Horse rescued from swamp
Though it's hard to put a number on how many lives were possibly saved on many emergency calls last weekend by the Detroit Lakes Fire Department and Becker County Sheriff's Office, there is one they can be certain of.
A 34 year-old horse was stuck in a swamp south of Detroit Lakes Sunday afternoon, and the combined efforts of both departments pulled the exhausted horse out safely.
The horse is doing well as of Friday morning, according to Becker County Sheriff Tim Gordon.
At about 2:30 p.m. Sunday, July 3, Gordon received a call that a horse was stuck in a swamp on 280th Avenue.
The daughter of the horse's owner, Megan Knopf, had unsuccessfully tried to get the horse out of the swamp for several hours before calling for emergency help.
"Luckily, we were able to drive through this field and we were able to get close enough with our rescue truck and the winch to be able to hook it up and start pulling," said Detroit Lakes Fire Chief Dave Baer. "
But it took us a good hour and 15 minutes to get it to land."
Baer said the horse was completely exhausted and wasn't moving, and the rescue workers had to essentially drag the animal out of the swamp.
"It was just lying in there on its side, basically," he said.
"My concern at that time, was (the horse) to the point where it was actually going to mentally give up itself? So we just started using some techniques," Gordon said.
Gordon said they tried to keep the horse's stress down and covered its eyes during most of the rescue. The firefighters placed a thick rescue strap around the horse's front quarters and started slowly pulling.
"It just took us a while to get it. Even when we got it somewhat upright, it was pretty much exhausted," Baer said.
"She was to the point of complete exhaustion, and we knew we had to do it all for her," Gordon said. "Everything was slow and cautious, with the horse's mental state in mind."
Baer gave Gordon a lot of credit for his knowledge of horses in getting the animal out safely.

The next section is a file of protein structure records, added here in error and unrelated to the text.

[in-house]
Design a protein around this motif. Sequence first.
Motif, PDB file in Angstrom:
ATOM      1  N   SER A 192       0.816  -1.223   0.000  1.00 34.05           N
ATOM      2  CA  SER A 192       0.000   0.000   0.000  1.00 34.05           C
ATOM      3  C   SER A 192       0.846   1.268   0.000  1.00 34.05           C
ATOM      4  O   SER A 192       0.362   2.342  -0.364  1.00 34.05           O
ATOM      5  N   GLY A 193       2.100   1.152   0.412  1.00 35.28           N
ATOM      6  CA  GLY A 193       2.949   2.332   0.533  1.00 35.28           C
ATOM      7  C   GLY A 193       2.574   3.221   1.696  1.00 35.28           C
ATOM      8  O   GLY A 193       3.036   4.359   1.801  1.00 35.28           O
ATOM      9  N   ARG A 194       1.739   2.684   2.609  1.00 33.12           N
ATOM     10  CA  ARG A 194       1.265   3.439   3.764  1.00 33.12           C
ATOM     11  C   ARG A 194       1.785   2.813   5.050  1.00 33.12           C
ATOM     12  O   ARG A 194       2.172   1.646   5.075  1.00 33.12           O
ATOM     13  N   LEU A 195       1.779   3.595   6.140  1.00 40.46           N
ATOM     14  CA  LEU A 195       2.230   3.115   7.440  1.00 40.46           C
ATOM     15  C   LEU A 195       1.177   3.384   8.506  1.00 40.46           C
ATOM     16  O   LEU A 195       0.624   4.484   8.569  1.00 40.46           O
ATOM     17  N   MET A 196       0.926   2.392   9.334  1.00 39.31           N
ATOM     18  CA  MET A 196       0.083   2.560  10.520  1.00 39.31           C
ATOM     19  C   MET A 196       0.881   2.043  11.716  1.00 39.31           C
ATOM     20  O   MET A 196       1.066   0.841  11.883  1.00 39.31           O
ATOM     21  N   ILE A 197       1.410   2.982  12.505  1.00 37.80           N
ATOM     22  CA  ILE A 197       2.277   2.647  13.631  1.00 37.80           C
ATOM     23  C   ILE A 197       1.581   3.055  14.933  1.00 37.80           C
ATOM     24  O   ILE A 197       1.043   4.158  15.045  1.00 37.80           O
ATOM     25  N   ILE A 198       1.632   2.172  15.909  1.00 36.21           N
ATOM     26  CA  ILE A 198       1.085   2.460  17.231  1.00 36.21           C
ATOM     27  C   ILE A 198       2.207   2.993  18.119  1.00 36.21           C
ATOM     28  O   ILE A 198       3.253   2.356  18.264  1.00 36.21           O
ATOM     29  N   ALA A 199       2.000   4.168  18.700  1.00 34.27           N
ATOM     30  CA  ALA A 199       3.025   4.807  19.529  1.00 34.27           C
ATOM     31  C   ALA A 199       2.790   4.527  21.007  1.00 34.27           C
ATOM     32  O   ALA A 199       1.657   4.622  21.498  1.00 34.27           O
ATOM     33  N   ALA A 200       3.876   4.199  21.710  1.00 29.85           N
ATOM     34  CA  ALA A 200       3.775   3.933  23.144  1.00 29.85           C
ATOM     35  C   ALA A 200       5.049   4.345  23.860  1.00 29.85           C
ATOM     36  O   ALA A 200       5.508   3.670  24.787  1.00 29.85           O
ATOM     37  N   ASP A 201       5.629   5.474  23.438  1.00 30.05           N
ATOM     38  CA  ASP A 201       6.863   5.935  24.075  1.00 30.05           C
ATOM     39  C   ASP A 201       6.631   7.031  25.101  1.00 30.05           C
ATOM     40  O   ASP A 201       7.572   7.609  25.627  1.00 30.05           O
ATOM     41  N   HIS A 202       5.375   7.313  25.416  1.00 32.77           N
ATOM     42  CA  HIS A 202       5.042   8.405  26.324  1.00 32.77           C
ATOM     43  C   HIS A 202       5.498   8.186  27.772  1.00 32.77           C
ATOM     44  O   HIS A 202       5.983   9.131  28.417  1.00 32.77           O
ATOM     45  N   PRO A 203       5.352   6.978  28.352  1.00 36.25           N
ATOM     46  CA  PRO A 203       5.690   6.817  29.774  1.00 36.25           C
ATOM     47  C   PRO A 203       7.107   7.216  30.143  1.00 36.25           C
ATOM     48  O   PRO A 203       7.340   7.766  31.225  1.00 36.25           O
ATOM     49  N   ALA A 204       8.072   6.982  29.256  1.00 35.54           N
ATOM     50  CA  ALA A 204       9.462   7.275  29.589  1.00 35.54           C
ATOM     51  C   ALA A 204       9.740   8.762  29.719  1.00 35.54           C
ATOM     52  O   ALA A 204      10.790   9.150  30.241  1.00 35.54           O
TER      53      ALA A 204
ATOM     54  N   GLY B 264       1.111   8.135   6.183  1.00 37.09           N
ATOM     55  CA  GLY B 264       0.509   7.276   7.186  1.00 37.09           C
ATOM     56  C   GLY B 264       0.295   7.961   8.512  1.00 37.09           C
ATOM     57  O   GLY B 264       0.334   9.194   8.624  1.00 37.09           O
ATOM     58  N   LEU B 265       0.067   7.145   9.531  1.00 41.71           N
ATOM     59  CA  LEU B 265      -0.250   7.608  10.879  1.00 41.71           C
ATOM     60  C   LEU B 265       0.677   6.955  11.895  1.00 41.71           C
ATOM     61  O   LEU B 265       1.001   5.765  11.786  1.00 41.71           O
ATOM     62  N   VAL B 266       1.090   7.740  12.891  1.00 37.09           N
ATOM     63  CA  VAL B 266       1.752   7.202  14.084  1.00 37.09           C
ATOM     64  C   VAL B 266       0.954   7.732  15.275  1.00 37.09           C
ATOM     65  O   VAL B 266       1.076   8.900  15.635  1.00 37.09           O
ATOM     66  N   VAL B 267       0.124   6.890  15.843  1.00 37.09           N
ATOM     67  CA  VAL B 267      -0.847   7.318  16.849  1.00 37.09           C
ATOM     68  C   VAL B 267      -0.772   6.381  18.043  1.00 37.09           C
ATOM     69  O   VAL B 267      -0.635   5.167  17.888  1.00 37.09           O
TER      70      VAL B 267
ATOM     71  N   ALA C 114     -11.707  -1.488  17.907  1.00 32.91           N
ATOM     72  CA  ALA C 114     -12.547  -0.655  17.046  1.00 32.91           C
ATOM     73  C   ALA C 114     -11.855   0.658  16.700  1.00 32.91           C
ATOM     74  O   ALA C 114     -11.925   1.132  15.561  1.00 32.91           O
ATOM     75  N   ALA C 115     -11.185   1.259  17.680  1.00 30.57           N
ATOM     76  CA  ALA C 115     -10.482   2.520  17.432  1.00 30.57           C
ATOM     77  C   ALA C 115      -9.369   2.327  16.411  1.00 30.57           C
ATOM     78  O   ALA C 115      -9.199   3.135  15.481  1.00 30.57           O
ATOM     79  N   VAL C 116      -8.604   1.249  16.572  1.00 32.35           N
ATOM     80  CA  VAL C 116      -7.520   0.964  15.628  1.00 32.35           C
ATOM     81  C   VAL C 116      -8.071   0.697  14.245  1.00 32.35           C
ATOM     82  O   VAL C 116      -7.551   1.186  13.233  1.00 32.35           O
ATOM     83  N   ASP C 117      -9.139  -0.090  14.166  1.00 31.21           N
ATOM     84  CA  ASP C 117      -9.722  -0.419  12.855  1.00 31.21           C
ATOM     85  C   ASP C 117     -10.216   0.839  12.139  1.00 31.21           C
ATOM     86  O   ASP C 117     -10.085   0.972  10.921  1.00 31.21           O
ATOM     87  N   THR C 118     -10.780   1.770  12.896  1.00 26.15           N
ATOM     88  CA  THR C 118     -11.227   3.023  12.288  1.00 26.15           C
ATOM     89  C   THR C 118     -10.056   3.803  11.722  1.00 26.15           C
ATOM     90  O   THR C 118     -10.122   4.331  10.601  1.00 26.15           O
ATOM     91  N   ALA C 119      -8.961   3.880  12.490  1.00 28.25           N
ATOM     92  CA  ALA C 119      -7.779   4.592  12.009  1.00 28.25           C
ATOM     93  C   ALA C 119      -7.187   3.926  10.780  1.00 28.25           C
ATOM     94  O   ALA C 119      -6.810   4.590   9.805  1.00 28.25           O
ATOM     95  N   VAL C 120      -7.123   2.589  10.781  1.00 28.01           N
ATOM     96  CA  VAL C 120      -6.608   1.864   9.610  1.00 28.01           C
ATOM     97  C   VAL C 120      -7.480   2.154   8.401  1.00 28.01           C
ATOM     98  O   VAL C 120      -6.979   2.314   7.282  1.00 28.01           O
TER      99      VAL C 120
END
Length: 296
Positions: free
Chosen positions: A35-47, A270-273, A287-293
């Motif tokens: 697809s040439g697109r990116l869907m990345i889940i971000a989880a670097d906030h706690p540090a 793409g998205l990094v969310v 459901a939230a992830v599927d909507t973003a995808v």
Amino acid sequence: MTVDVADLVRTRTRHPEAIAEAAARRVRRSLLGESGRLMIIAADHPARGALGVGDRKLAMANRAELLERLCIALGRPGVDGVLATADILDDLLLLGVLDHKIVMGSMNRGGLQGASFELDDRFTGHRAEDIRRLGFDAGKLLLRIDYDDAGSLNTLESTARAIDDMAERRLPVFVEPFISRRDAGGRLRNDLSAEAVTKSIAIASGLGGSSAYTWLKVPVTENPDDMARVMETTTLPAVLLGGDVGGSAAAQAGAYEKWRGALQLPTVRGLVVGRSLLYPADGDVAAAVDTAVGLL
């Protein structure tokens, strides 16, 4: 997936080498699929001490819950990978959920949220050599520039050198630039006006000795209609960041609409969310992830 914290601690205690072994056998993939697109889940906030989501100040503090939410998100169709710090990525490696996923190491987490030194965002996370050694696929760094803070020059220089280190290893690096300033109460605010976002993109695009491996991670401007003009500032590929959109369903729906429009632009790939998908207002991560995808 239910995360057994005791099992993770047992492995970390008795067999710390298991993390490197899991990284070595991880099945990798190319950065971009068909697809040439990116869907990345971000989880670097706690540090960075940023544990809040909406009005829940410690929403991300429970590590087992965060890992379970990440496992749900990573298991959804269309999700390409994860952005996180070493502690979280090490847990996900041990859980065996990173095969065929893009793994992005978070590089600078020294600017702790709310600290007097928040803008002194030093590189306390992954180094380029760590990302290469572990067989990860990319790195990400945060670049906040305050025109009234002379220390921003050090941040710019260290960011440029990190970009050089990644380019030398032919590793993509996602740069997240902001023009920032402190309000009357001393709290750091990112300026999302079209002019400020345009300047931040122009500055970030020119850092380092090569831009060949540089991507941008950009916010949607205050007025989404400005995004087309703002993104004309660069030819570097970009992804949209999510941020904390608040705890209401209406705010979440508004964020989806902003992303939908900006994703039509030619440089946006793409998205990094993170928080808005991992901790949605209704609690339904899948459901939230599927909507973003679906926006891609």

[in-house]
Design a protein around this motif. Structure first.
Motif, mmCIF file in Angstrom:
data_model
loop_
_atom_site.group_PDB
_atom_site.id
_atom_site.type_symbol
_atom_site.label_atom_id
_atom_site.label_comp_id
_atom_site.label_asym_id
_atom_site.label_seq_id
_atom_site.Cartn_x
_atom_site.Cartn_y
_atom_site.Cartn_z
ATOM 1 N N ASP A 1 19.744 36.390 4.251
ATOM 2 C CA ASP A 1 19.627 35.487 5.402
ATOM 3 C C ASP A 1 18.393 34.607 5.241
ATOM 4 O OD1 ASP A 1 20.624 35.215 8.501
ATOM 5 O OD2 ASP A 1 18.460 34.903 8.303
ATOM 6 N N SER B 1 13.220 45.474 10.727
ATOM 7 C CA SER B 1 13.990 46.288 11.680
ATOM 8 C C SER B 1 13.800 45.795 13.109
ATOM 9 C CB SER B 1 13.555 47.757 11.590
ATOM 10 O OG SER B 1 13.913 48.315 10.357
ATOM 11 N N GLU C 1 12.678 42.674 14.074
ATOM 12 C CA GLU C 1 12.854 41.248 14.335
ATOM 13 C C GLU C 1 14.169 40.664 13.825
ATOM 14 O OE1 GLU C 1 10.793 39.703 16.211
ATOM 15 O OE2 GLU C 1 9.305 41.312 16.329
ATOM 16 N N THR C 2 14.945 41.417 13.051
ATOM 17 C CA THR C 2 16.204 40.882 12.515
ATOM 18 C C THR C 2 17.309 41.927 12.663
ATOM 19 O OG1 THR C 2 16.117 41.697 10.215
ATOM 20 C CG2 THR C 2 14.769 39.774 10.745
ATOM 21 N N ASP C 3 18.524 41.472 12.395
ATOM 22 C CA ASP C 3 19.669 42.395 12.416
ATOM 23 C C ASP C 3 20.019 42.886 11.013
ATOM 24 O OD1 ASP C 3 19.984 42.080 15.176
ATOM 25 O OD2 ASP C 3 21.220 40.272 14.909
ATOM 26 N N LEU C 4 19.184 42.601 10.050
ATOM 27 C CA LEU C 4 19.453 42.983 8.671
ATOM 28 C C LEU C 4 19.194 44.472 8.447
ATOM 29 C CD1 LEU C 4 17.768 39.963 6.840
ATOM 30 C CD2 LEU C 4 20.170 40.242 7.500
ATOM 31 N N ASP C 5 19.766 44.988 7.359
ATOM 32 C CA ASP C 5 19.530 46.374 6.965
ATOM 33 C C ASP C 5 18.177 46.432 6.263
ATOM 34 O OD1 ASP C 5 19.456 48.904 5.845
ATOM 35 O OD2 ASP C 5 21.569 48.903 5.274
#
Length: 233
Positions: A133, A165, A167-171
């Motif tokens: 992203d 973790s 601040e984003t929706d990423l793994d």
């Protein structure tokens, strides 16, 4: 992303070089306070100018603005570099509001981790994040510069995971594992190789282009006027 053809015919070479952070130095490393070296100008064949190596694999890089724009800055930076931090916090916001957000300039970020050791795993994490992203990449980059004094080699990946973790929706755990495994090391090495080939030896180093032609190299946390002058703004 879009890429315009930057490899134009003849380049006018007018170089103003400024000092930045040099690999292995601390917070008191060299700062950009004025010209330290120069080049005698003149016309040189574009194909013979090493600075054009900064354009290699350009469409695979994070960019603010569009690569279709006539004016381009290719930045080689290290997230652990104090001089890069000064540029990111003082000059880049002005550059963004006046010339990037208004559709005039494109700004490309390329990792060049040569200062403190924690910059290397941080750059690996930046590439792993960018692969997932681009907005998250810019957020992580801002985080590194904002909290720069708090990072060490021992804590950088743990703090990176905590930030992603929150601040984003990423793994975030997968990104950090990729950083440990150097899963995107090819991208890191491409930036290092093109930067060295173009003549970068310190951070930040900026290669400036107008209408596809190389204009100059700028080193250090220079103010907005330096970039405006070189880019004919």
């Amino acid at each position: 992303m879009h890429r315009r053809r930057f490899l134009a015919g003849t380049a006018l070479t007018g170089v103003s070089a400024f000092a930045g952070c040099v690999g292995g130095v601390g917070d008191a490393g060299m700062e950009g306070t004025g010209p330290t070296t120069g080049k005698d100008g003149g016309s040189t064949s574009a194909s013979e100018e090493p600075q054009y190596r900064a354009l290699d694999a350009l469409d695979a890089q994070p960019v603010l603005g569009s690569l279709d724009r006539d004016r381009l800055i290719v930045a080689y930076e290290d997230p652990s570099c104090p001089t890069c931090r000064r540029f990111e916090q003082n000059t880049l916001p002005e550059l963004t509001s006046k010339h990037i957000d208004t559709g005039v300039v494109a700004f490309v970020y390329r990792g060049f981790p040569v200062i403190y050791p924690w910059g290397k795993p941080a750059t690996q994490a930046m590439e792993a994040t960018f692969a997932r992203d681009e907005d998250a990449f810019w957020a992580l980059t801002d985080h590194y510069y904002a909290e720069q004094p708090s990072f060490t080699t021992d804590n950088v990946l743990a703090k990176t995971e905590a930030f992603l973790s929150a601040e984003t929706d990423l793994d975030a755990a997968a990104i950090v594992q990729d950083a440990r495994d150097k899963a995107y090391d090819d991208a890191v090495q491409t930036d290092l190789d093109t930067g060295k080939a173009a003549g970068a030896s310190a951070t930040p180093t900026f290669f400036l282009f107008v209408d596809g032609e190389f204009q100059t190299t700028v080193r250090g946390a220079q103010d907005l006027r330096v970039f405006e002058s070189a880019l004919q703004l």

"Thank God Tim knows a lot about horses," Baer said.
Being a horse owner, Gordon said the Sheriff's Office dispatcher called him after receiving the call from the Knopfs.
"I understand animals," Gordon said. "I've had them all my life. I gave them real quick instructions what to do on the phone and asked dispatch to page Rescue One."
Knowing what he was dealing with, Gordon said he knew the fire department had the necessary equipment to get the horse out of the swamp.
"When a horse lays down like that in a quagmire and gives up, it goes back to the herd instinct versus the prey instinct," Gordon said. "The fight was out of it and it got to the point mentally that it was just going to give up."
Several of the rescue workers who were aiding in the swamp rescue are still dealing with bug bites and rashes, but it's nothing another scrubbing can't take care of, he said.
"It was hot. It was miserable and we were in a swamp with lots of bugs. So we all came out bug-bit, but we stayed with it through the end," Gordon said. "We just ended up getting mucky up to our waists."
It is speculated that the horse got spooked by fireworks and ran into the swamp.
Owner Diane Knopf, who was on vacation when this happened, said her horse is old and doesn't see well, but is in good shape.
"I think it's wonderful what they did. I'm really glad what they did. I'm really glad," she said.
Baer said Megan Knopf was ecstatic that the horse was saved, and brought a card and some baked goods to the fire hall Wednesday evening.
"It's doing well and eating and all that good stuff," Baer said.